With major cities and states issuing stay-at-home orders as coronavirus cases have swept throughout the United States, the Trump Administration opened the floodgates for more offshore drilling and issued a permit for a long contested gas export project.
On March 18, the Bureau of Ocean Energy Management (BOEM) held a lease sale for 397,285 acres of federal waters in the Gulf of Mexico that attracted bids by companies such as BP, Chevron, Shell, Total, BHP Billiton and a slew of smaller independent drillers. A day later, the Federal Energy Regulatory Commission (FERC) handed a permit to the long-embattled Jordan Cove LNG export facility, located in Coos Bay, Oregon.
The permits came as the administration considers handing a multi-billion dollar bailout to the oil and gas industry, whose financial problems long preexist the nascent economy-wide recession set into motion by COVID-19. Climate advocates have criticized the moves made by the Trump Administration.
Oil Change International, which published a 2018 report concluding that Jordan Cove LNG, and its Pacific Connector feeder pipeline, could release between 36.8 and 52 million metric tons of greenhouse gas emissions annually, slammed the FERC decision.
“The Jordan Cove LNG project would be a climate disaster, responsible for at least 36 million tons of greenhouse gas emissions — more emissions than any other source in the state of Oregon if it were to be built,” Lorne Stockman, Senior Research Analyst with the group Oil Change International, said in a press release. “Governor Brown should do whatever she can to block this inappropriate action by the federal government and keep this project from ever being built.”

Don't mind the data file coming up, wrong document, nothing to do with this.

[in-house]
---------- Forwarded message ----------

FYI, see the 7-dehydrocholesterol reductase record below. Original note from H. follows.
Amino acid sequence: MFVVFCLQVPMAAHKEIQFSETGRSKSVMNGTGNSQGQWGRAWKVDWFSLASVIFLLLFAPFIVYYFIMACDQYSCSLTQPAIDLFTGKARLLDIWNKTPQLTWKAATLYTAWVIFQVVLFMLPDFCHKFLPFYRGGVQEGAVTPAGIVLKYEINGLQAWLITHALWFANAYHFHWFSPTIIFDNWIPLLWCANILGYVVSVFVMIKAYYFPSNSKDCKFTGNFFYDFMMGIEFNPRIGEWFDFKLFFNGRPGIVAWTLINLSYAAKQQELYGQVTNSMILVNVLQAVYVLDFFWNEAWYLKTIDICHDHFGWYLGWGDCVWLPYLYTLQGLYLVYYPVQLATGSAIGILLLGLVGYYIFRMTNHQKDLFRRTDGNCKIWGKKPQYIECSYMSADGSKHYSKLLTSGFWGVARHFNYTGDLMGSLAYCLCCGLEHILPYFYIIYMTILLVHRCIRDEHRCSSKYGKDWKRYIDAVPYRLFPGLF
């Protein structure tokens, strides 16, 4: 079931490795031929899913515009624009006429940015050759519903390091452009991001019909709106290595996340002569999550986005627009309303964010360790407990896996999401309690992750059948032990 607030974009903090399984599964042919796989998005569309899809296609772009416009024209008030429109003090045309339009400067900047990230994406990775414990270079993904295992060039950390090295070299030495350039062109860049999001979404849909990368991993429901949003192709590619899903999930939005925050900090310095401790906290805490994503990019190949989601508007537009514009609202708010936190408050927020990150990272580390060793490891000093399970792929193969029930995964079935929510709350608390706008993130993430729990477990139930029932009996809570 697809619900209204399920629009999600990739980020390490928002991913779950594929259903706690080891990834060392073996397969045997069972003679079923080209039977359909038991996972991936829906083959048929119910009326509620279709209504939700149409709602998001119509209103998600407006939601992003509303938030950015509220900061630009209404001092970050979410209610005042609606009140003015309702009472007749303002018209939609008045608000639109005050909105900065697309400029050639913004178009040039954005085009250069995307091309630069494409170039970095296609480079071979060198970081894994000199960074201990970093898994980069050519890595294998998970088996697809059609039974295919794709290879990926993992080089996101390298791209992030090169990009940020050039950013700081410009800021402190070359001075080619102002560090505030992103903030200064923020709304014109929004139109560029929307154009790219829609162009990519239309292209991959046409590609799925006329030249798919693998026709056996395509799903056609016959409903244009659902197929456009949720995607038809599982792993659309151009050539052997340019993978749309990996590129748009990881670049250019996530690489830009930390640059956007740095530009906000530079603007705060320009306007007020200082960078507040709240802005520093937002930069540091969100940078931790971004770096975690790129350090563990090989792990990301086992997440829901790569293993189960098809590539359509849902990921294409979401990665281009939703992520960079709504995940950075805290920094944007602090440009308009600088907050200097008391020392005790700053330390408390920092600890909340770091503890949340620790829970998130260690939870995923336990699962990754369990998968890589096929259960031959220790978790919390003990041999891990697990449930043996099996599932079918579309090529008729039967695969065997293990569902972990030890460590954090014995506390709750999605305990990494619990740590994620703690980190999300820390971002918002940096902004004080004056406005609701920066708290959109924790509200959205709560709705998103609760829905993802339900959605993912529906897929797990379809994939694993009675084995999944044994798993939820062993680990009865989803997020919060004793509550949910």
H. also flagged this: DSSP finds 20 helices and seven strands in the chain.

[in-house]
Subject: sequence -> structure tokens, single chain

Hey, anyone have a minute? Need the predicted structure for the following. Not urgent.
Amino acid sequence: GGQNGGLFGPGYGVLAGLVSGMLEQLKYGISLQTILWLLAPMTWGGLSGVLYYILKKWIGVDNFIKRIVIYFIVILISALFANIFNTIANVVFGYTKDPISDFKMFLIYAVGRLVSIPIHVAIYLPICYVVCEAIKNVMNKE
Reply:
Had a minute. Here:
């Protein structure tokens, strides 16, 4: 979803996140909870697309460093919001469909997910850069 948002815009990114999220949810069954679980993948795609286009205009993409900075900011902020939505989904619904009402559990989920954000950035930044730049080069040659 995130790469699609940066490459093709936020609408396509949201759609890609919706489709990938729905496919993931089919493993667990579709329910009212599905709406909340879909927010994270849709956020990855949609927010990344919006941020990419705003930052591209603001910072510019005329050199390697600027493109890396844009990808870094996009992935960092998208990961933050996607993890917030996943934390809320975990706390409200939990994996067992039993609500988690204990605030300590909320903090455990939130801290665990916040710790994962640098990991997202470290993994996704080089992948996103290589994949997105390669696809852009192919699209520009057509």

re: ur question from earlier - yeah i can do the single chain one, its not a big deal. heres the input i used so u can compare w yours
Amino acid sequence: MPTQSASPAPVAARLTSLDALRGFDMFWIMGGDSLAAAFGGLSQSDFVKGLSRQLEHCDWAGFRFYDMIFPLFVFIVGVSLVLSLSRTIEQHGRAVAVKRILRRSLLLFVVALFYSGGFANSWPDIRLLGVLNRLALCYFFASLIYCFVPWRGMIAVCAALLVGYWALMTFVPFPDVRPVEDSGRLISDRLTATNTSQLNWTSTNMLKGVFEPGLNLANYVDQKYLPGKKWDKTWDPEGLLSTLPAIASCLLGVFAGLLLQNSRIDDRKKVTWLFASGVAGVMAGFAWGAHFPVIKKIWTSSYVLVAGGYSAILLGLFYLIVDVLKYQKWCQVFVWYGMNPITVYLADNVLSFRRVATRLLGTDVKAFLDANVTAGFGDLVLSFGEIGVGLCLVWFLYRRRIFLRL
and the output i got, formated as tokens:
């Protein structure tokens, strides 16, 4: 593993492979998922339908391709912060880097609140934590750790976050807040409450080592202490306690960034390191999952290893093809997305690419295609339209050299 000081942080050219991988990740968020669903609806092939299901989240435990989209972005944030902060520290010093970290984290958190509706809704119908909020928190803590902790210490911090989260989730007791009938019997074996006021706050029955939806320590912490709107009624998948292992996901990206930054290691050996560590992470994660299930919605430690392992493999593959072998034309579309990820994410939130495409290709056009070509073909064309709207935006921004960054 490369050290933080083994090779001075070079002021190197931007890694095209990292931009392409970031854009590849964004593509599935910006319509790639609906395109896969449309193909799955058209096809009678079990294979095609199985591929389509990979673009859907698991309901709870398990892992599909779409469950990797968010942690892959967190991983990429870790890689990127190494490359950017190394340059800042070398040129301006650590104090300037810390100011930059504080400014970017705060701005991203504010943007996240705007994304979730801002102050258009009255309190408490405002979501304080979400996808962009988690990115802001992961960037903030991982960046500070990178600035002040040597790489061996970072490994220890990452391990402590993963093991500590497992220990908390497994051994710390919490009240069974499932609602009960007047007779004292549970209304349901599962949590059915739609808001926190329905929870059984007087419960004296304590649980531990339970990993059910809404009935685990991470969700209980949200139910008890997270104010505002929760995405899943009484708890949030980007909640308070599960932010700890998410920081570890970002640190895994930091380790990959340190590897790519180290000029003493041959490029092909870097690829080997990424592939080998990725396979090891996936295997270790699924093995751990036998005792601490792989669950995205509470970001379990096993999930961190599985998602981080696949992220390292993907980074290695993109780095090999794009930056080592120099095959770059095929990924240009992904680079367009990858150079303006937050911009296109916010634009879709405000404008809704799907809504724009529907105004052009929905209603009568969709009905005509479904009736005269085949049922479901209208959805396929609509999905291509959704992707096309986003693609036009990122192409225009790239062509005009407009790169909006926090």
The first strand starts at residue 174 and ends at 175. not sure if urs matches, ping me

Oregon Governor Kate Brown, in turn, expressed strong concerns about Jordan Cove and Pacific Connector getting such a permit in the midst of an international pandemic. The pipeline and LNG terminal have yet to receive any of the permits needed from Oregon's regulatory agencies and it appears it could be awhile, if ever, that they get them.
“Given a national and state emergency, in which the federal government and its agencies are unable to fulfill their basic responsibility to keep citizens safe, it is stunning that the FERC moved forward on this decision today, approving the Jordan Cove project and Pacific Connector Gas Pipeline,” Brown said in a press release. “I want to reiterate that I will not stand for any attempt to ignore Oregon’s authority to protect public safety, health, and the environment. I have asked the state’s lawyers to consider all appropriate legal action to assure that Oregon permitting processes will be followed.”
Brown added that the company, despite getting a federal permit, does not have state authority to seize land or privately-owned property.
“I will use every available tool to prevent the company from taking early action on condemning private property or clearing land,” said Brown.
The project was listed on the Federal Permitting Improvement Steering Council's Permitting Dashboard for federal infrastructure projects. A dashboard created during the Barack Obama presidency, it exists to fast-track the federal permitting process and its creation was lobbied for by the fossil fuel industry, U.S. Chamber of Commerce and hundreds of companies and trade associations.
Alexander Herrgott, Executive Director for the Federal Permitting Improvement Steering Council, formerly worked as a staffer for the climate-science-denying U.S. Sen. James Inhofe (R-OK) and as a lobbyist for the Chamber of Commerce.
The BOEM lease sale included 22 companies and 71 different tracts of land.